J.A. Bayona’s A Monster Calls perfectly – and painfully – captured the anguish and confusion caused when a young person faces the death of a loved one.

In that heartbreaking film, fantasy clashed with reality as a boy sought the help of a monster to serve as a metaphor for his rage and to cope with his mum’s terminal illness.

Writer-turned-director Anders Walter follows in those gigantic footsteps.

The Danish filmmaker attempts that feat too with I Kill Giants, based on Joe Kelly’s graphic novel and produced by Chris Columbus (Harry Potter and the Prisoner of Azkaban) but unfortunately the story and its execution fall short.

Madison Wolfe plays tabletop game fanatic Barbara Thorson who escapes her troubled family life and bullying at school by retreating to a magic realm in her mind where she defeats giants to ‘save’ her quiet coastal town.

Presumably due to a limited budget, you only see glimpses of these colossal monsters and yet the story relies too heavily on this gimmicky concept and an underwhelming twist.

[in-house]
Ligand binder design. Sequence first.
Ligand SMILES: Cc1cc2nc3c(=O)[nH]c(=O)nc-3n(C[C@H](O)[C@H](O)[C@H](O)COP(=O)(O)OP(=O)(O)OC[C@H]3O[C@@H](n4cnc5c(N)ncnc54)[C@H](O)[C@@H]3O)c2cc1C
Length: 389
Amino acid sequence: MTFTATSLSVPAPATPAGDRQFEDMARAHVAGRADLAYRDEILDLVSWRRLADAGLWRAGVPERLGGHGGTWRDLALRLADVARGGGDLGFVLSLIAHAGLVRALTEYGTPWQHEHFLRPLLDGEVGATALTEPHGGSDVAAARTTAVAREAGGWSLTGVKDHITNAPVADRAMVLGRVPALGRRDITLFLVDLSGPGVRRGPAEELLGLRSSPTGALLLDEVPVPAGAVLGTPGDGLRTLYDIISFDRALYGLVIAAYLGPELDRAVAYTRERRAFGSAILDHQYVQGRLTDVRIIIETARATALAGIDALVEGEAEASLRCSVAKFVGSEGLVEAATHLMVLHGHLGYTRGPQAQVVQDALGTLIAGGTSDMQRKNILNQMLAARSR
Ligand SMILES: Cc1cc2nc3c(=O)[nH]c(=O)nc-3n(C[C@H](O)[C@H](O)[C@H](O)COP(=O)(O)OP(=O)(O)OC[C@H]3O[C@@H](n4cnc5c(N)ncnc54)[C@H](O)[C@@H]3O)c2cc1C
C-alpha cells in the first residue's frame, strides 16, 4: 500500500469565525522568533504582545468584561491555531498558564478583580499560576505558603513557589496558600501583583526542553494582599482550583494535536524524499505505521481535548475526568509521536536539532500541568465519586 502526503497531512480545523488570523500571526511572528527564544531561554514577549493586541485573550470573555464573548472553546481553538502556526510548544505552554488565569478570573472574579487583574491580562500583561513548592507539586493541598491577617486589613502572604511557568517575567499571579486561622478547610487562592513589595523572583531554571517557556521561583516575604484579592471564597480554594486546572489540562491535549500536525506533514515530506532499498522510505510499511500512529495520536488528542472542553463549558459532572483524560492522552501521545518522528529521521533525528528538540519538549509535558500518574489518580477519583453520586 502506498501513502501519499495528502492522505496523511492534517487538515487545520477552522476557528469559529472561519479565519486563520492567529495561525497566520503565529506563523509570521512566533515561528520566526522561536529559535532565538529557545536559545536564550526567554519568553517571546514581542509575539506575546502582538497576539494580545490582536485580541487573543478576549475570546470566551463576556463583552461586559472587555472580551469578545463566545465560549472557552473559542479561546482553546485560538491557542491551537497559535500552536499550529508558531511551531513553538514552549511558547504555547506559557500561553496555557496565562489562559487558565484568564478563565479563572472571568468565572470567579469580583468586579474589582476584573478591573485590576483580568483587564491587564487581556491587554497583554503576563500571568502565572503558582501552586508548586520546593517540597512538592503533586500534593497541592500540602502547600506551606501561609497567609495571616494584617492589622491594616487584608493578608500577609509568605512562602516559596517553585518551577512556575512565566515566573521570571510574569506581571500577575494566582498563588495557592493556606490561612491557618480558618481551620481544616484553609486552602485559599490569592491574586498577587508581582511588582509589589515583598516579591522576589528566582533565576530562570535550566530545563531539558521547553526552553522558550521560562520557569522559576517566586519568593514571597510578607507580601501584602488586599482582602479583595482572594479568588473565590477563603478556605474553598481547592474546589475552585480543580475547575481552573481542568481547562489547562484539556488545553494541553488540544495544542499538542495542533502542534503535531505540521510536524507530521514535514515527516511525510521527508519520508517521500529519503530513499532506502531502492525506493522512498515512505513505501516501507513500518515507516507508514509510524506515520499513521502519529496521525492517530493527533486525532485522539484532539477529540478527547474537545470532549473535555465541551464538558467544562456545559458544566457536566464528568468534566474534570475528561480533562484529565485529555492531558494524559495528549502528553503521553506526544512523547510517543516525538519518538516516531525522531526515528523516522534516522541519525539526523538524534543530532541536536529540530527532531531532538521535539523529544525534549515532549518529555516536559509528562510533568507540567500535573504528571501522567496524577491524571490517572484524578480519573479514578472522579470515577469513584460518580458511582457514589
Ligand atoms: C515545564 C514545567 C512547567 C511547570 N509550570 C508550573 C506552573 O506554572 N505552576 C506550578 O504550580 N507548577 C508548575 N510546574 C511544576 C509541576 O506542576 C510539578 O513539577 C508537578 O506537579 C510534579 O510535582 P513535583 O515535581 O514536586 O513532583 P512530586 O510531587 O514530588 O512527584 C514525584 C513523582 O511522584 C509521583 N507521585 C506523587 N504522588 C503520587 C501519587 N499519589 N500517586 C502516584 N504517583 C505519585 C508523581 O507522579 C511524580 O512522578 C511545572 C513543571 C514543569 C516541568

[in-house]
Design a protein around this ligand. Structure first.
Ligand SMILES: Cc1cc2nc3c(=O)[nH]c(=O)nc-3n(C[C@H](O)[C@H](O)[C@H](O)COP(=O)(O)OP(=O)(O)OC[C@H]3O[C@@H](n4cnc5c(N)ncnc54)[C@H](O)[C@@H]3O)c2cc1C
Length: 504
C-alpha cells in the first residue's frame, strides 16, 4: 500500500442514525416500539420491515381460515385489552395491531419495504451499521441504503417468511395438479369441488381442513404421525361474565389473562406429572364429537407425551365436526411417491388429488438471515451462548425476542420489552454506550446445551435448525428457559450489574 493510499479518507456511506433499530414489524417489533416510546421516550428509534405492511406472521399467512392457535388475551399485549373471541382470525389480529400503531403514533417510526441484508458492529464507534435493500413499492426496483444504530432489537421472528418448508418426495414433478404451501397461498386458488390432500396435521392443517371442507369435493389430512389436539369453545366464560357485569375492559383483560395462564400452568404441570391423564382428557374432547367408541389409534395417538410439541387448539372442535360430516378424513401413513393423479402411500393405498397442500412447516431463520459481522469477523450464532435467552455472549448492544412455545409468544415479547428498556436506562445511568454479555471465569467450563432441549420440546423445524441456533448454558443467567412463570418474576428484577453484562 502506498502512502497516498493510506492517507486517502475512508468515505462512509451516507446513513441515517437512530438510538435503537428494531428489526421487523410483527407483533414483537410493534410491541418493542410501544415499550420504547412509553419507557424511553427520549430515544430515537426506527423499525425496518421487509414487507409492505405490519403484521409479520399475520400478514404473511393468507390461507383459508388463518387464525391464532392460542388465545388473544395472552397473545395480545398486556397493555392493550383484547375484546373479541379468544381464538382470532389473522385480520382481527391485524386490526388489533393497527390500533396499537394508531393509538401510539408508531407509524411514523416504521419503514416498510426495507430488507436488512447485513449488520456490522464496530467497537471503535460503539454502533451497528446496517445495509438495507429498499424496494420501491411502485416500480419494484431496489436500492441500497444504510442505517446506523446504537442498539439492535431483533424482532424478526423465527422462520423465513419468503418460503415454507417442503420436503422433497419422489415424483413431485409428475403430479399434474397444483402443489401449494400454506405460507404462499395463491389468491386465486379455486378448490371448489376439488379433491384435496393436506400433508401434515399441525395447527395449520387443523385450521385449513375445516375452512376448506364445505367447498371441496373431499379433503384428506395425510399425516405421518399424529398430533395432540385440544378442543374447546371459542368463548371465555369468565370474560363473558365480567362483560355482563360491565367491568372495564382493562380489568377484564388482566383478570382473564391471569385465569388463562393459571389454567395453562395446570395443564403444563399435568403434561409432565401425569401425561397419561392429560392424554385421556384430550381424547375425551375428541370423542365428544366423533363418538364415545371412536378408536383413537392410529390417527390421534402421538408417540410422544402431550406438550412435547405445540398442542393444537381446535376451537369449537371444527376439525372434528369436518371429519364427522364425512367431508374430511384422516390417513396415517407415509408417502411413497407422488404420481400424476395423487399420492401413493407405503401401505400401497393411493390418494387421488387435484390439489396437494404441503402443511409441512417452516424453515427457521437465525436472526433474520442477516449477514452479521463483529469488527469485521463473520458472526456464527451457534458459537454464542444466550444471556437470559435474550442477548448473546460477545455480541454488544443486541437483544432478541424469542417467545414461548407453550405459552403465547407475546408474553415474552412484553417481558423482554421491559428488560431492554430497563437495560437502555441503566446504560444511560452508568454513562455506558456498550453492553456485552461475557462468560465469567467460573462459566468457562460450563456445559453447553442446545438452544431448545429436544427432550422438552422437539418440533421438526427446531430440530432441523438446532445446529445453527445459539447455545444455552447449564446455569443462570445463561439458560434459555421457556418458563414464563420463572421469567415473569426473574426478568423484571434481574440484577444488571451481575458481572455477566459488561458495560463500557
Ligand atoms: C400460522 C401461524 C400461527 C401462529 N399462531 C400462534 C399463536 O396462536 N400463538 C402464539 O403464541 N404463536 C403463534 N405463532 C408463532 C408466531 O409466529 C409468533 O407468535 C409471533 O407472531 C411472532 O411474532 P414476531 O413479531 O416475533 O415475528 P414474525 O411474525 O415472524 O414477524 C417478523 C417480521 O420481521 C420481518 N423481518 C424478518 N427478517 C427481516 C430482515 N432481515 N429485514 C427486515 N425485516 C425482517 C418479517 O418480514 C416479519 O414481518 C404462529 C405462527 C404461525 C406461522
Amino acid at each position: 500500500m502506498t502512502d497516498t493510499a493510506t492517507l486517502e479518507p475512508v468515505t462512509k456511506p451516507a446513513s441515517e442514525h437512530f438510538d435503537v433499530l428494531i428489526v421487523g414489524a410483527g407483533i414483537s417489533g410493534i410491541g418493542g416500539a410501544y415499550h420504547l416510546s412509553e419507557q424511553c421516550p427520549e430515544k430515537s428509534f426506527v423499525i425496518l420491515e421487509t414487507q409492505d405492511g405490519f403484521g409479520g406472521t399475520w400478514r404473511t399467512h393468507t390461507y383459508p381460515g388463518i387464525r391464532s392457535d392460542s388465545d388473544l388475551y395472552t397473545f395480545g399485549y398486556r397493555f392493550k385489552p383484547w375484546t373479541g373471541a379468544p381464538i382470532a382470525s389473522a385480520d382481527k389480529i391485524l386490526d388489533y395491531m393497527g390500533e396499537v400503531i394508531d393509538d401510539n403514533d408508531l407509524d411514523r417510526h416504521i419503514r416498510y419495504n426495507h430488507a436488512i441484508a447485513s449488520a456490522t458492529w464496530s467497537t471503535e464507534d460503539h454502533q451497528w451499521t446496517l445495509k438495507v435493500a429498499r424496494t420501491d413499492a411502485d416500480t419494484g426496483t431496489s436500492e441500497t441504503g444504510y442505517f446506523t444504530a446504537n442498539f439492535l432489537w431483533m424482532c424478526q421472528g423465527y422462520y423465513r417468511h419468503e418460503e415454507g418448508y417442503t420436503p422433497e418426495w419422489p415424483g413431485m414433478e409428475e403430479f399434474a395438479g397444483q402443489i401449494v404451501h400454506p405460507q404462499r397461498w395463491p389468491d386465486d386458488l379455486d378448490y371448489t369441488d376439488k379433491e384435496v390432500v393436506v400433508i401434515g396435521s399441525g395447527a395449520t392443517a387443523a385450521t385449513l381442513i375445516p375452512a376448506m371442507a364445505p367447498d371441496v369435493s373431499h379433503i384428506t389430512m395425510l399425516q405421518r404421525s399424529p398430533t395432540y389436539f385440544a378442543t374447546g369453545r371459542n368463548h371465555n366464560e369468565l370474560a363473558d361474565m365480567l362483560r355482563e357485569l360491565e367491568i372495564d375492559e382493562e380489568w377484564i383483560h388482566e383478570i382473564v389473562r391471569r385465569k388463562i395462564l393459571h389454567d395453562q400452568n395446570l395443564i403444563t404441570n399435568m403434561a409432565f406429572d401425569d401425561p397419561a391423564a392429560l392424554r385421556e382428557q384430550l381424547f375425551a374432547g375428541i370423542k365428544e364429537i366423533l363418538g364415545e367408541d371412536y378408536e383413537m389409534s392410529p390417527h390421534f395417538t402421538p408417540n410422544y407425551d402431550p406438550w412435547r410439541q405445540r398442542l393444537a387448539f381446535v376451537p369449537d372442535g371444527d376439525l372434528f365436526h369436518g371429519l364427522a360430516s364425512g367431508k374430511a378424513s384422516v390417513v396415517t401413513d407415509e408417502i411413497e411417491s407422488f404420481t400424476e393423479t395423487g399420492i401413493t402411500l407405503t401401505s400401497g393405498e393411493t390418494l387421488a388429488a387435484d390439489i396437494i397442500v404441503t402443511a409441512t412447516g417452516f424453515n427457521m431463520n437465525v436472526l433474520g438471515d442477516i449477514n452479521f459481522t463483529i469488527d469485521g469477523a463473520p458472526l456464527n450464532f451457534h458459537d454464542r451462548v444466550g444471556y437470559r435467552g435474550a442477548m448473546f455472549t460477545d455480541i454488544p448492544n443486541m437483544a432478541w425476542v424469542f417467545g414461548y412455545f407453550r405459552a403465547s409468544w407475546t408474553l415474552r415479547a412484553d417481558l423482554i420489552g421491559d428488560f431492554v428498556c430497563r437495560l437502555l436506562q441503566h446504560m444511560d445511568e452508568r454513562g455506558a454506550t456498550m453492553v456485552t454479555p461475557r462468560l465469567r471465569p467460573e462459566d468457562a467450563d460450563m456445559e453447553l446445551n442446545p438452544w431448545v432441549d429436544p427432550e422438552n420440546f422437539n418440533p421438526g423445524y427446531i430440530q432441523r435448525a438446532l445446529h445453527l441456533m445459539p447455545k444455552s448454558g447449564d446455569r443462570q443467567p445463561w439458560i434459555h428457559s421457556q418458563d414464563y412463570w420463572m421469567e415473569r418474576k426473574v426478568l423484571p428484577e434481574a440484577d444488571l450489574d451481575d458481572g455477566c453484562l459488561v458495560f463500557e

The first half of I Kill Giants lacks pace with drawn out scenes in school and an unconvincing friendship between Barbara and her only friend Sophia (Sydney Wade).

Madison Wolfe’s performance is full of heart but her character Barbara’s disconnection from reality is exaggerated to such an extent that it is hard to suspend your disbelief.

Imogen Poots (The Green Room) is convincing as Barbara’s barely coping big sister who could have done with a bigger role and Guardians of the Galaxy’s Zoe Saldana is strong but underused as Barbara’s school counsellor and Imogen Poots.

It is a shame because the final act of the film – where Barbara’s real and full situation is revealed – has real power and emotional impact.

It is always commendable to deal with these kind of subjects in film and the ending almost saves this giant mess but not quite.

RATING: 4/10